George S. Chabot House
This simple masonry house with elaborate frame verandahs was built for English cotton merchant George Chabot. It is the most elegant structure on Madison Street. The three-bay main block has fine stonework with narrow mortar joints, while masonry is less carefully worked on the recessed southern wing. Millwork detailing is similarly handled with paired columns on the main block and single columns on the wing. The change in baluster designs on the two lesser verandahs suggests that the jigsaw-cut flat balusters may represent a later addition. A two-story limestone ancillary building is at the rear of the property. This house is one of fourteen purchased and renovated by Walter Mathis, who is co-credited, along with Julia Cauthorn, with reviving the neighborhood in the 1970s.
‘San Antonio Architecture, Traditions and Visions’, AIA San Antonio, 2007
The George S. Chabot House is an example of a Texas German Vernacular native limestone house. The elaborate ornamentation of the porches, including the decorative spindle work dentils, corbeling, and pendants, contribute to the High Style quality of the house.
Through the years the Chabot house has been remodeled and added to. It was once the home of George Stooks Chabot, a prominent citizen of San Antonio, who came from his native England and became a commission merchant dealing in cotton, wool, and hides, with his business on Main Plaza. He was in partnership first with P. J. Moss (Chabot, Moss and Company) and later with Charles C. Cresson (Chabot and Cresson). Previously he and his wife, Mary Van Derlip Chabot, had lived in Mexico, where he worked for the British foreign service.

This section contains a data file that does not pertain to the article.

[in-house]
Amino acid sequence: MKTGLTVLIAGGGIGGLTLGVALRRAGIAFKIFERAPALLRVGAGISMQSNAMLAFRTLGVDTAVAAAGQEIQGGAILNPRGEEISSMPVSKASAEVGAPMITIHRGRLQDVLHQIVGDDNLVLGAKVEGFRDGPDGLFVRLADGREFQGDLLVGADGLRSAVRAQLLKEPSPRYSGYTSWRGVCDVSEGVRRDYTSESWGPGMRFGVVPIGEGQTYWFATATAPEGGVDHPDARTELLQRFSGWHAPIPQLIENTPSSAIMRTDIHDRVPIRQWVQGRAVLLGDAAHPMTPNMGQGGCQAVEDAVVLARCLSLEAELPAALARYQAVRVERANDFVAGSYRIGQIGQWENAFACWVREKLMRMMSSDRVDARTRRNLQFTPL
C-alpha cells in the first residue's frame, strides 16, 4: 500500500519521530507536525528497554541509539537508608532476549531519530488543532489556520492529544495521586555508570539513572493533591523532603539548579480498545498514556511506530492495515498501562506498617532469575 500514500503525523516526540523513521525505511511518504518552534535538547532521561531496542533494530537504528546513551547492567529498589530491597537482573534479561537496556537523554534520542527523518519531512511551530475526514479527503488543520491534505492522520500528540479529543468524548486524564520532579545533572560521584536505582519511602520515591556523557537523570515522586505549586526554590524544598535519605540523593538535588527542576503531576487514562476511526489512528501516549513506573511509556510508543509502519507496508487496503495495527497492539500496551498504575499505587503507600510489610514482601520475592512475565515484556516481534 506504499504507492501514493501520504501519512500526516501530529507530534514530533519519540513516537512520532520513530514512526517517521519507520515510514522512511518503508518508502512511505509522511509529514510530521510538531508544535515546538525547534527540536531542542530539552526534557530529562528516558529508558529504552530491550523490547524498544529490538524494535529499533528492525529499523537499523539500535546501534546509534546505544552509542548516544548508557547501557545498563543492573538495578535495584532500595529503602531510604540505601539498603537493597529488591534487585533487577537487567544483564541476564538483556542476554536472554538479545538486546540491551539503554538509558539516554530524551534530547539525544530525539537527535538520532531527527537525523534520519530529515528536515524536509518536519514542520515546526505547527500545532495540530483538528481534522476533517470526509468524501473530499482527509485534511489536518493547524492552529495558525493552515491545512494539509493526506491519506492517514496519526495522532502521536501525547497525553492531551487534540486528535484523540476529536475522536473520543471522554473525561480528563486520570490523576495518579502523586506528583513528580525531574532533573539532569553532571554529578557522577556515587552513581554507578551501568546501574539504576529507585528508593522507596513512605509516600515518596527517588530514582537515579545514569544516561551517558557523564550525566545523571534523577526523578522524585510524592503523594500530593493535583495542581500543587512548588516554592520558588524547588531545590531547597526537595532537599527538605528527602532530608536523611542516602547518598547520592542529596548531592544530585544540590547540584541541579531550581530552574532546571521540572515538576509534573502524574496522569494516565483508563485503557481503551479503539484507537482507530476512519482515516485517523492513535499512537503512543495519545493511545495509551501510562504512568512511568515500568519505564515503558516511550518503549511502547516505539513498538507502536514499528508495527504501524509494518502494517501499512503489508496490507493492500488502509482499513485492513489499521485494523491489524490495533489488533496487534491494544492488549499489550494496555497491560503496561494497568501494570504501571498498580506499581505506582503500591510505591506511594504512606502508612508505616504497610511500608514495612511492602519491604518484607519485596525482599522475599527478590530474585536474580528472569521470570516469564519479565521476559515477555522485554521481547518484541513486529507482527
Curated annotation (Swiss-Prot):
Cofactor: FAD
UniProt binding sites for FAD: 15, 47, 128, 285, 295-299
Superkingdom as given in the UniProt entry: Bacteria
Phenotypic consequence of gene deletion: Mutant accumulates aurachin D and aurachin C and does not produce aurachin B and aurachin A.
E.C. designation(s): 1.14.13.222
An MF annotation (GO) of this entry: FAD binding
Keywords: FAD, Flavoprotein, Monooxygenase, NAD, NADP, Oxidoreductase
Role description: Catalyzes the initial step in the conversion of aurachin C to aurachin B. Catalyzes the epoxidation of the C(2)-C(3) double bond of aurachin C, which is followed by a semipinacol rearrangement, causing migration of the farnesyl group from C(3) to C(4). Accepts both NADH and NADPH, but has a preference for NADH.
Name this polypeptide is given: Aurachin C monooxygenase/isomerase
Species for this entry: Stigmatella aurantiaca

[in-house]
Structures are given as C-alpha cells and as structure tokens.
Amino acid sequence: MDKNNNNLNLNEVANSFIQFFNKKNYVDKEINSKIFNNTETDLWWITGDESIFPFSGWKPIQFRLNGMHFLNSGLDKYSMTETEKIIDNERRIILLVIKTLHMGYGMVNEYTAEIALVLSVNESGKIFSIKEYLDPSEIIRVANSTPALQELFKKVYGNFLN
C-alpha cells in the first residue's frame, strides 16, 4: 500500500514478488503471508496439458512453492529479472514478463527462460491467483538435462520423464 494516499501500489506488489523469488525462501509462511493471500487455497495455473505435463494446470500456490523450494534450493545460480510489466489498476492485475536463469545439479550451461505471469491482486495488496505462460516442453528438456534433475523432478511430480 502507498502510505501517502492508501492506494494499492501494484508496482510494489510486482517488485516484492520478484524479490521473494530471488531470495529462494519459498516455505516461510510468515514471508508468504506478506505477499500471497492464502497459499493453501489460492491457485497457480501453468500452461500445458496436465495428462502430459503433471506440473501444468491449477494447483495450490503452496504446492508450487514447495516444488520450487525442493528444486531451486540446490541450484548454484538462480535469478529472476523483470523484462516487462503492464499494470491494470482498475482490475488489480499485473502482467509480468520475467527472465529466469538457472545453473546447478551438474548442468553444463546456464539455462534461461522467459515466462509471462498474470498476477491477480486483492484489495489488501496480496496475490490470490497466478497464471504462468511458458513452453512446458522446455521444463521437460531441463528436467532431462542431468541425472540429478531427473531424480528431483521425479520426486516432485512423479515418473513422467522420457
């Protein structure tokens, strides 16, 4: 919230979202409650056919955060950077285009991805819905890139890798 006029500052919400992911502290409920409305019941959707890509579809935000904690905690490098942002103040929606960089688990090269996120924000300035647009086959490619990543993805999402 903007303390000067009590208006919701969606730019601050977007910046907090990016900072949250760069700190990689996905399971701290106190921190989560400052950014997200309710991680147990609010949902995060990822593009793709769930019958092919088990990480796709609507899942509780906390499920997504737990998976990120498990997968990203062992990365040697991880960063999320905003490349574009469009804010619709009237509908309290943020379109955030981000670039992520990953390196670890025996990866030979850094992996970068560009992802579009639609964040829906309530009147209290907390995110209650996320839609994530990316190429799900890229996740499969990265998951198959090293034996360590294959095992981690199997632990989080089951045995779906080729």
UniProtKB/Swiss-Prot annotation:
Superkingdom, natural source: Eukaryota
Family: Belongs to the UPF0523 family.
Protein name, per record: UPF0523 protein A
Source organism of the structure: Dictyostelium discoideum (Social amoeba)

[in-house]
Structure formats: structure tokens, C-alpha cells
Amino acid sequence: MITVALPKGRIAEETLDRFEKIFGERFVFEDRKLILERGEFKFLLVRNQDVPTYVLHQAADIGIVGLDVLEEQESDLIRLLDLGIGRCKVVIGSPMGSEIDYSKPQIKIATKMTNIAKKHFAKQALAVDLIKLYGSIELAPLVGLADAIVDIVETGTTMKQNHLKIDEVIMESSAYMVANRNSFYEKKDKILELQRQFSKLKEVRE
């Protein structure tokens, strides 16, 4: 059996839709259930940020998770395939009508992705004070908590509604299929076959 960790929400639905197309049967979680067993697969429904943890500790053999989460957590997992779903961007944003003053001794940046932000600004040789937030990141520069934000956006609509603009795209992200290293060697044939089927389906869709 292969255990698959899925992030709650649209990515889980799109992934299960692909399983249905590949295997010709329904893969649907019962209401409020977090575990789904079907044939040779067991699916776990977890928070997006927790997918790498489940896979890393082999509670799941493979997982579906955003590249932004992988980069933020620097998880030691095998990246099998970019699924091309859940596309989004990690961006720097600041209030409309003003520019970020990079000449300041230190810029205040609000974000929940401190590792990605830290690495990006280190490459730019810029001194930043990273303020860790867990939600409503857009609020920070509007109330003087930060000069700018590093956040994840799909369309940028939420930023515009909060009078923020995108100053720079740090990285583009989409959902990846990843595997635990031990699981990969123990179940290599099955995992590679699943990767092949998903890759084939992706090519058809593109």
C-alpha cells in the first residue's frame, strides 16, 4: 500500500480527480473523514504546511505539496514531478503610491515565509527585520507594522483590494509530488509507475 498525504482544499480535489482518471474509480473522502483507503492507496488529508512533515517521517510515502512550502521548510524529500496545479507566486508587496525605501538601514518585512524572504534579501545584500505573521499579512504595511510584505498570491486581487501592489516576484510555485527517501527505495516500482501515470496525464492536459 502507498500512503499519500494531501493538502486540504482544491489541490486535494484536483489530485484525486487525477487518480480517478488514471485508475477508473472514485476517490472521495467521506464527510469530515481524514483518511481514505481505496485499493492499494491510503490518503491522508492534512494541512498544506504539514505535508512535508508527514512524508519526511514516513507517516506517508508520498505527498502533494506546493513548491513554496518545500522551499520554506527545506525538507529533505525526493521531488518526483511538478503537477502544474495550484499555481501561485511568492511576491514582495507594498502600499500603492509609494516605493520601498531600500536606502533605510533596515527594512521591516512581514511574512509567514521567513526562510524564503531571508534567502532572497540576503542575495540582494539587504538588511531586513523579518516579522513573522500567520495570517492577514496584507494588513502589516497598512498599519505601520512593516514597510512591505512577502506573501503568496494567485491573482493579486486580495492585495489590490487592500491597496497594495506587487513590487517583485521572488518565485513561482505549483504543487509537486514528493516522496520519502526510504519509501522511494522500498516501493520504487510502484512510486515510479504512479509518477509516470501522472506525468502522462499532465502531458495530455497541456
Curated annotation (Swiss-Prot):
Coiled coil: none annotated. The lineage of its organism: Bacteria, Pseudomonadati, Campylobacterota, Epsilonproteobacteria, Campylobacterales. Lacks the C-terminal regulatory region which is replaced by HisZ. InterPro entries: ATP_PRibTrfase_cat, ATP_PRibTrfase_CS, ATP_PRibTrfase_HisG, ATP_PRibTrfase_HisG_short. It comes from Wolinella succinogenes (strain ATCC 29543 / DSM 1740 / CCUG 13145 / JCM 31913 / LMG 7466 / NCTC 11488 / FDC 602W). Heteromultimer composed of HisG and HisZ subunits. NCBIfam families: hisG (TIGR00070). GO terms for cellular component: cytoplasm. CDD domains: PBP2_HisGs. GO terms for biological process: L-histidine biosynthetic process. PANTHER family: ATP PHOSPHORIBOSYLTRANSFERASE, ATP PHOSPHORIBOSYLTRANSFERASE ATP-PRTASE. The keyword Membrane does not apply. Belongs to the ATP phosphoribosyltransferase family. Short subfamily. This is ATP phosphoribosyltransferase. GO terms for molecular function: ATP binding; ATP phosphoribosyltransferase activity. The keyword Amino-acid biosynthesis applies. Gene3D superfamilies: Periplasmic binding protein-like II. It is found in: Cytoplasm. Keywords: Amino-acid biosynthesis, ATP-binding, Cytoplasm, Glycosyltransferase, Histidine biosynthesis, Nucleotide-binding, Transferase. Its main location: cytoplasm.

Mr. Chabot built this home around 1876 shortly before his mother-in-law, Juliana Van Derlip, purchased the house across the street from his. Mr. Chabot paid Thomas J. Devine $850 for the lot in 1875. For a time the street between the houses was called Chabot Street (now Sheridan Street).
Mrs. Chabot was instrumental in establishing the Protestant Orphans’ Home of this city; she and her sister, Mrs. Charles C. Cresson (Adelia), helped to maintain it. She was well known in art circles of her day in San Antonio. The Chabot sons George A. and Charles J. The son of the latter was Frederick Charles Chabot, who wrote With the Makers of San Antonio.
George Stooks Chabot died in 1902 at the age of 81, and his widow continued to live in the home at 403 Madison until her death in 1929. By 1926 she had partitioned at least three apartments. Members of the Chabot family lived in the house until 1940 and during that time partitioned a large number of apartments. A. W. Bouquet bought the property in 1956 and continued to rent the nine apartments. In 1975, Walter N. Mathis bought the house and the 1917 apartment house next to it at 415 Madison. The second house he removed in order to replace the orchard that was there originally and to expose the stone carriage house behind it, which had been built with the Chabot home. Mr. Mathis completely renovated the residence and converted it into three luxury apartments. The carriage house has an apartment as well. Sister Schodts Reed purchased the house in 1985 and completed the transition to a single family residence before she sold it to Curtis Reid Johnson in 2006.
The King William Area, A History and Guide to the Houses, Mary V. Burkholder and Jessie N.M. Simpson; published by the King William Association, 2017